Blood Sucking Government

Dear Editor,
One of the Budget Proposals tabled in the Sri Lankan Parliament, states that
foreign remittances from expatriate to a Bank Account by expatriate workers,
is liable to a Tax of 15%. Since this Inhuman Proposal was known, I have
been in contact with many Sri Lankans working in Oman and they have
expressed shock and disbelief, that the UNF Government could even think of
such a dastardly proposal. Does the Prime Minister, Minister of Finance, his
deputy and the rest of the rank and file of the government know the
conditions under which we work? Are they aware that what we earn is through
our sweat and blood and our earnings can be classified as "Blood Money".
Just imagine a poor House Maid, who has to work from 5am in the morning till
about 10 t0 11 pm in the night, for paltry salary of Omani Riyals 40/000,
wishing to remit RO 30/000 or Rs. 7500/- to her family will have to pay
Rs.1125/ as TAX!. Is this justifiable. A normal wage earner in Sri Lanka,
earning upto Rs.20000/00 does not have to pay any tax, but a house maid who
remits Rs.7500/00 is Taxed.

The present Government of Sri Lanka will stand to loose substantial amount
of foreign remittances rather than gaining if this hideous proposal is
passed. Most of us do not have pensions and we depend on our Savings in NRFC
Accounts for our retirement. Is it not clear that if this 15% Tax is
enforced, the government will be robbing us blind of our hard earned savings
through our own sweat and blood. Messrs Chosky, Bandula Gunawardena, Ranil
Wickremasinghe and the rest of the government has had no experience in
working in the Desert neither have they undergone the misery and trauma of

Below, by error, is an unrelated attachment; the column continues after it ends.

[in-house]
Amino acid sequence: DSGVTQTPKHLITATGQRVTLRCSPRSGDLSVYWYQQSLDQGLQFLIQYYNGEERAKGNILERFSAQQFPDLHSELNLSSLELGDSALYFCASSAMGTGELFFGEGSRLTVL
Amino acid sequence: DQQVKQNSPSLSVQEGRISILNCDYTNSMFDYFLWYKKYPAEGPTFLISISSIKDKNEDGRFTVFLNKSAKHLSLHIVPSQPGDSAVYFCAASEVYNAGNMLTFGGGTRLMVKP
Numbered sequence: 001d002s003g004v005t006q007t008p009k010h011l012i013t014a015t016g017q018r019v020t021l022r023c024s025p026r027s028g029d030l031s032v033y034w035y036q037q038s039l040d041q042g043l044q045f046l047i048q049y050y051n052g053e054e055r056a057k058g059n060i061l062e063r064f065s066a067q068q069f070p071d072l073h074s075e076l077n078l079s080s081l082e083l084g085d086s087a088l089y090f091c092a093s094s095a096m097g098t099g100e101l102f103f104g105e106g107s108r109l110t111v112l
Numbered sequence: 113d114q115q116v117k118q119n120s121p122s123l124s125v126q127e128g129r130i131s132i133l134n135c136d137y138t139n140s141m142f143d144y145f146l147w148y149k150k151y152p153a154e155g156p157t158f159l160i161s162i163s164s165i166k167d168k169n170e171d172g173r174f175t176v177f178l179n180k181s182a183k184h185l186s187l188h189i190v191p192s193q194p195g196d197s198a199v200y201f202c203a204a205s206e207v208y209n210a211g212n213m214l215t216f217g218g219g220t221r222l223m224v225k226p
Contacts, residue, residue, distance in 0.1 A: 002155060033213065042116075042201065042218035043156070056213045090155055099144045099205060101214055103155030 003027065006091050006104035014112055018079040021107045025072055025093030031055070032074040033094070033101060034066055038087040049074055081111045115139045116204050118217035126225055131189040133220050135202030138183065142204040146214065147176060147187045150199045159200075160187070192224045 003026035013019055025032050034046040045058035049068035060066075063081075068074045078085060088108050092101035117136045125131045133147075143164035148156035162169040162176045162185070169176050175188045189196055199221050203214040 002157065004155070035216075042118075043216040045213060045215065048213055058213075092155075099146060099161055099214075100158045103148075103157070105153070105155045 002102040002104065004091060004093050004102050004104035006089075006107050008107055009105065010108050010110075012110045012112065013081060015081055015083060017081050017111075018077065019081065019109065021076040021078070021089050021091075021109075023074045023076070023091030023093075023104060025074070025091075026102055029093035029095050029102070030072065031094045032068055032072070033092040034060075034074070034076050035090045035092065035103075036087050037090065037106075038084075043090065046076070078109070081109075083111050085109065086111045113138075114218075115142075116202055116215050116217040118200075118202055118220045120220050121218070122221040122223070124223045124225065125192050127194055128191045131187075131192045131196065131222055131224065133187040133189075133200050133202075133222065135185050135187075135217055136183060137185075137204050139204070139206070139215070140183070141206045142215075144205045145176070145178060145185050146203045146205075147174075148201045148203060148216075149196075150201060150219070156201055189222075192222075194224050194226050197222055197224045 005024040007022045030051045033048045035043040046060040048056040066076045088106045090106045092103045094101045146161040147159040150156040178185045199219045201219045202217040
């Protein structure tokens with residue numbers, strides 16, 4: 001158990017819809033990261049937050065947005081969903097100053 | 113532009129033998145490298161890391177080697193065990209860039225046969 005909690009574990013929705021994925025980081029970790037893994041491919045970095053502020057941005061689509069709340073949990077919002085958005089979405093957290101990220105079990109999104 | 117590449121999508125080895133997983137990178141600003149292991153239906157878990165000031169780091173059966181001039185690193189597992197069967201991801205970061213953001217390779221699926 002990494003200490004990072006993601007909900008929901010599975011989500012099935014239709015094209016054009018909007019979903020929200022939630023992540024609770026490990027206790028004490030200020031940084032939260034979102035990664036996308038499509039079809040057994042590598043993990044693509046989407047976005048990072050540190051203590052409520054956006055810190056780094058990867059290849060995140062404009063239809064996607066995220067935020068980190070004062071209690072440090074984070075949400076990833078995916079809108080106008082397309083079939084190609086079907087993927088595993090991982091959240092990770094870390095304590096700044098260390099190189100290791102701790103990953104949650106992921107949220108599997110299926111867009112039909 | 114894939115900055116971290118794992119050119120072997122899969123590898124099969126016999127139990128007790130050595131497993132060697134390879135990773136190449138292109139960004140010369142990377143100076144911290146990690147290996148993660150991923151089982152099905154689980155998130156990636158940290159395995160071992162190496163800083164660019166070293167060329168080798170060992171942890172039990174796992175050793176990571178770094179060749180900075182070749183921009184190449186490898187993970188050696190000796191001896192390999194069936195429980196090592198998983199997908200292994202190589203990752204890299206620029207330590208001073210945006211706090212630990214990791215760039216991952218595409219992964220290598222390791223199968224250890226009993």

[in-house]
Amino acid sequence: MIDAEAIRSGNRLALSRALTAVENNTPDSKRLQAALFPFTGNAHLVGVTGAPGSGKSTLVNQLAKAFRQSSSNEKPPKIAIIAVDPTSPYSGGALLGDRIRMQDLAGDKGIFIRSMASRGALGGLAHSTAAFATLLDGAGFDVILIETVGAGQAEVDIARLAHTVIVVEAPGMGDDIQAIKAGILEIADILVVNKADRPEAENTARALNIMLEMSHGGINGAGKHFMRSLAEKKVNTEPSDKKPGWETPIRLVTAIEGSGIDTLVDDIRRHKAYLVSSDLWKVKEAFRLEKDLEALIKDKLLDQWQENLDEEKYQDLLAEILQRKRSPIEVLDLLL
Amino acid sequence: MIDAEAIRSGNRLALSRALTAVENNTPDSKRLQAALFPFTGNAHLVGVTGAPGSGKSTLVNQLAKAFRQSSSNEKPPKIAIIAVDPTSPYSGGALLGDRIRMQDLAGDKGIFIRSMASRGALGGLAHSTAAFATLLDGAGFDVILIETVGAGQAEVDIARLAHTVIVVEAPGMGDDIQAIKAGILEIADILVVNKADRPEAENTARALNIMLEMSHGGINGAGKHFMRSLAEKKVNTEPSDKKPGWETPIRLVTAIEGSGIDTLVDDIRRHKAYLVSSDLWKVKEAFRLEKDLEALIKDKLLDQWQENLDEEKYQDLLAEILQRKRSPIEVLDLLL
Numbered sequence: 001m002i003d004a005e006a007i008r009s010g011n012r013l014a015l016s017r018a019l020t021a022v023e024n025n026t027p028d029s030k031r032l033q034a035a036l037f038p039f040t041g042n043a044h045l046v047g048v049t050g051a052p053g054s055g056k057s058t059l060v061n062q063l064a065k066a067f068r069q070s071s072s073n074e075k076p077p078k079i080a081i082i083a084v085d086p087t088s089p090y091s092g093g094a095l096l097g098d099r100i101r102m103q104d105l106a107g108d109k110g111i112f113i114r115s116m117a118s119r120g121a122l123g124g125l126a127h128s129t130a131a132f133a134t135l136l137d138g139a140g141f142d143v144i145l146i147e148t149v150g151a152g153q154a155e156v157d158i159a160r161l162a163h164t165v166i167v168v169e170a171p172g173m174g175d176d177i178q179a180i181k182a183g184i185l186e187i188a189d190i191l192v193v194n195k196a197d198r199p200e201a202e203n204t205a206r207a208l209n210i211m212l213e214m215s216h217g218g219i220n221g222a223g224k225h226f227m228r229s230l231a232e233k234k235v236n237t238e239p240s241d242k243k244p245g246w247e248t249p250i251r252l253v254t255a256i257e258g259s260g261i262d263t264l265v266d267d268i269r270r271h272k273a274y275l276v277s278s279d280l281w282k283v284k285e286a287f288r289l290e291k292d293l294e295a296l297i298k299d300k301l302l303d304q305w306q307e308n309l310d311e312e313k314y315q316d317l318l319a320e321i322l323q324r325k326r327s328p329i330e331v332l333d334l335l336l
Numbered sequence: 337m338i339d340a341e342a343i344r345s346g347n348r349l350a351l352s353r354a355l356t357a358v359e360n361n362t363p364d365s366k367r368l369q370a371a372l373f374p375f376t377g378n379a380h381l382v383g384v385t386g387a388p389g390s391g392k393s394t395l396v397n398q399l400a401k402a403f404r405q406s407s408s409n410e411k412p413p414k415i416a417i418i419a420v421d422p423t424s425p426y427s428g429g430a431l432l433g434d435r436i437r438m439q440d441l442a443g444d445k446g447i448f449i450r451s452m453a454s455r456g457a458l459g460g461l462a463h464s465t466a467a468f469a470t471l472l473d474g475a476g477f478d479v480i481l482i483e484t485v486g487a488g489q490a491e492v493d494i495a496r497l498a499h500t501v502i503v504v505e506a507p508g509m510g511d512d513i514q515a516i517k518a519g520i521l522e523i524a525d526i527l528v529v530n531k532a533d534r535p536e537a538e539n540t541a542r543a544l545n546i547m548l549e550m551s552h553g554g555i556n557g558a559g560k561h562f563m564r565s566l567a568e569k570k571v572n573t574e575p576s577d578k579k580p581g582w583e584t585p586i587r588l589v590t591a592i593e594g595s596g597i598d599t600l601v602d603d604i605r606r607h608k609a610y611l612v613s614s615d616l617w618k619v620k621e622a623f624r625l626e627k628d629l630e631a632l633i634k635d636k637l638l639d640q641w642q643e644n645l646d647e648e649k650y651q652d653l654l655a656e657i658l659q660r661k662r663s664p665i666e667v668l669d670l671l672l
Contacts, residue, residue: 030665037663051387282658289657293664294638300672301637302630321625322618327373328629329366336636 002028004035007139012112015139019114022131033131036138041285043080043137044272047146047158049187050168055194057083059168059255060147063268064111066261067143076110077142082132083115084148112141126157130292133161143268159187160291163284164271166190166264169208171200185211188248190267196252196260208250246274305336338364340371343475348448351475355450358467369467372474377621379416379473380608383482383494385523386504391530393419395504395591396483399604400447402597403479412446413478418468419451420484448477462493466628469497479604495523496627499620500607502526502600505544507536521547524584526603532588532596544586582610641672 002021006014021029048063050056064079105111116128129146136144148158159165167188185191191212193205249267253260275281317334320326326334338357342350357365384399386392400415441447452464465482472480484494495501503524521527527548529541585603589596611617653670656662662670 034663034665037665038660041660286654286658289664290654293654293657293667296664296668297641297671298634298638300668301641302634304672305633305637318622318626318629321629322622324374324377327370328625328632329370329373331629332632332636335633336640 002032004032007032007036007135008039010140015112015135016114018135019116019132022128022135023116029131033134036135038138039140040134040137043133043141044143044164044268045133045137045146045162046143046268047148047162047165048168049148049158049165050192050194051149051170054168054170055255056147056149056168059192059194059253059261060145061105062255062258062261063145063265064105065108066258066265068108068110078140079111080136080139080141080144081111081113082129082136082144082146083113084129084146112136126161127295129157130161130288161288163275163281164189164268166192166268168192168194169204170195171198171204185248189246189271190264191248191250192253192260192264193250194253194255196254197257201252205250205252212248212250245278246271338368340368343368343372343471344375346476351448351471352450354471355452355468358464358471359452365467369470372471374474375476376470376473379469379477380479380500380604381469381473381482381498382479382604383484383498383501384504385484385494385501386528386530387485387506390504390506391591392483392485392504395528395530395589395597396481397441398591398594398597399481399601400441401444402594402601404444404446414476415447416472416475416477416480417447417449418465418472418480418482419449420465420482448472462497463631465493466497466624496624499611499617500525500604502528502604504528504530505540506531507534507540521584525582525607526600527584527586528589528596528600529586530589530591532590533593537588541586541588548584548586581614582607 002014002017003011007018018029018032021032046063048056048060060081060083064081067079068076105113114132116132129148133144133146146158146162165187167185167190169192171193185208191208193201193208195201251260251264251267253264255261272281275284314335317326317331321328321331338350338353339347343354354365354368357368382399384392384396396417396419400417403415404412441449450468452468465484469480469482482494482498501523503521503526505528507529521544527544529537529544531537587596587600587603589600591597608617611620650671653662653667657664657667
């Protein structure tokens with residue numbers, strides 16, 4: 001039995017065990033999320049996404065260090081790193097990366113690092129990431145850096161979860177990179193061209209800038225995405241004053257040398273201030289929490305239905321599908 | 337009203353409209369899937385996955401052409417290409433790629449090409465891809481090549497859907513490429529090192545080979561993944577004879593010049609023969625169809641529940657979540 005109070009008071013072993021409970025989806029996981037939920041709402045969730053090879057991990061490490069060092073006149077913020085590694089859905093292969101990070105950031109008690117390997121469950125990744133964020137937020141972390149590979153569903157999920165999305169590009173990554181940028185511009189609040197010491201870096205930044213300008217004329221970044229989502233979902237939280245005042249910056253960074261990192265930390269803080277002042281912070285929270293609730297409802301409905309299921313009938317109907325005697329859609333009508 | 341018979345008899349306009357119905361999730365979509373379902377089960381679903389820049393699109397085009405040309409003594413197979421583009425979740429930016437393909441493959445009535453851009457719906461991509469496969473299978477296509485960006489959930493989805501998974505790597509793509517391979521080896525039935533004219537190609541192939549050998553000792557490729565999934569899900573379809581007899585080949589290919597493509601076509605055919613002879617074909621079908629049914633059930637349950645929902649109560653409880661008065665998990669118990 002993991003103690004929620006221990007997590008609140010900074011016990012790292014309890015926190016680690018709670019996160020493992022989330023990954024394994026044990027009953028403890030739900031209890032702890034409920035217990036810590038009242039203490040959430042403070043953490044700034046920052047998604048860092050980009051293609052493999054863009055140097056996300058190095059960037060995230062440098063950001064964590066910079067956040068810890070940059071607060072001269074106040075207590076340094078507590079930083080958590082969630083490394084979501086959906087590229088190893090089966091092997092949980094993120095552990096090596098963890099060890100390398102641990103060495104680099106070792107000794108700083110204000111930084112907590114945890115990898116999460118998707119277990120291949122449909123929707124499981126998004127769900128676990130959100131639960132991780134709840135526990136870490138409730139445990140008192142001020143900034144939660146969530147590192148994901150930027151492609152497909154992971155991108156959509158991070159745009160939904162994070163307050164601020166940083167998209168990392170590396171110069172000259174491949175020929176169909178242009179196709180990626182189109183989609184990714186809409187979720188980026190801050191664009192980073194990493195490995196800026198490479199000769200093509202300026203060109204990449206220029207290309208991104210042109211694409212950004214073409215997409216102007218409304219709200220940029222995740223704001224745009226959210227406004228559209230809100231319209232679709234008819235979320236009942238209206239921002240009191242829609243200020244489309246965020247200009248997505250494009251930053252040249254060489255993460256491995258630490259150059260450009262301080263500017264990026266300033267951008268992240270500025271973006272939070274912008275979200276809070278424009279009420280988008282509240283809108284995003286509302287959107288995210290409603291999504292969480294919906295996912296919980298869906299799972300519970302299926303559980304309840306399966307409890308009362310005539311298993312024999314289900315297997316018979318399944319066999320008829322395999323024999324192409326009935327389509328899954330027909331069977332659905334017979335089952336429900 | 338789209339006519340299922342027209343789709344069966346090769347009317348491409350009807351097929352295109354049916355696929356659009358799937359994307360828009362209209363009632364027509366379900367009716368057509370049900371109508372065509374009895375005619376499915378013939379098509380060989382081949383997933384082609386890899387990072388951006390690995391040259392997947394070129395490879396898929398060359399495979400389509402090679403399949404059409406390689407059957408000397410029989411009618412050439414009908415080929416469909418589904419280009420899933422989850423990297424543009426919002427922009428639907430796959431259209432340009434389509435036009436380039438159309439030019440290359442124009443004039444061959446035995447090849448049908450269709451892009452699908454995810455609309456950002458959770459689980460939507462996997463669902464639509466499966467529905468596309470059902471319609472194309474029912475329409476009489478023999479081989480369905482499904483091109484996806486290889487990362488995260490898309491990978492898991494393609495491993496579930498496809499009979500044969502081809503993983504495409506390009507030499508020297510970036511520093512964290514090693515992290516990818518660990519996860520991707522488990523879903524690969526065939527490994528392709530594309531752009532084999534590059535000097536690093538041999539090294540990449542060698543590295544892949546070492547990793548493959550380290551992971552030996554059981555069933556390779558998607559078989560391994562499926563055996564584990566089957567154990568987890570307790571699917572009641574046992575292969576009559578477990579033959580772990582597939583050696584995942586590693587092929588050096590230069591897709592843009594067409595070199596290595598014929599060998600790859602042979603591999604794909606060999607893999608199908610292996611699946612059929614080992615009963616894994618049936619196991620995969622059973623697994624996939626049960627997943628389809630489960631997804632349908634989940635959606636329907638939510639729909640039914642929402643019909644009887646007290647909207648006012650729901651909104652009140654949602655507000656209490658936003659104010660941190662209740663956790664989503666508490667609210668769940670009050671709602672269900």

the majority of poor workers in middle east countries. It is a travesty of
justice to rob us of our hard earned money.

Now we hear a different swan song by Chosky, who states "The correct
position is that if a Sri Lankan resides and works abroad for over one year,
such a person is not liable to pay any Sri Lankan Tax. However, if the
period is under one year, then remittances of wages earned abroad into Sri
Lanka attracts personal taxation going upto 30%. The proposal made in the
Budget results in Sri Lankans who have worked less than one year, and
remitted their wages into Sri Lanka, will be taxed only 15 percent. This is
a benefit to them and also an incentive to remit their wages back to Sri
Lanka. However, migrant workers who are registered with the Labour
Department will be full exempt and not pay any tax". This as reported in the
Sunday Observer of 10 November.When Chosky states "Registered with the
Labour Department" does he mean "The Foreign Employment Bureau?"

What is the incentive a migrant worker gets if he/she remits wages to a Bank
Account in Sri Lanka? There is no incentive except to hang ones face down in
despair to see 15% ones hard earned money is sucked away by the UNF
Government. There are quite a few who are employed, working in the Oil and
Gas Fields under very harsh conditions, who are entitled to four weeks leave
after two months work, as they have to work ten hours a day for two months.
Will they also be taxed, eventhough they are registered with the Foreign
Employment Bureau?

If Chosky and the rest of the UNF government thinks they can rake in "Blood
Money" from poor migrant workers, to purchase BMW's, Pajeros, Mercedes Benz,
go on foreign tours with their families and other cohorts and to indulge in
other sorts of luxury enjoyment, or to give generous hand outs to the LTTE,
they will have to re think, when they find out money is not coming into Bank
Accounts. When this happens Chosky, Ranil, Milinda Morogoda and the rest
will have to go on "Pan Handling Missions to Donor Countries"

I on behalf of many Sri Lankans appeal to those Members of Parliament and
other organisations, who have a much saner view on the travails of Migrant
Workers to ensure that this In Human proposal of taxing 15% of Foreign
Remittances to bring about a concerted amount of pressure on the Government
in withdrawing it.

Jayantha Aryaratne
Sultanate of Oman
09 November 2002





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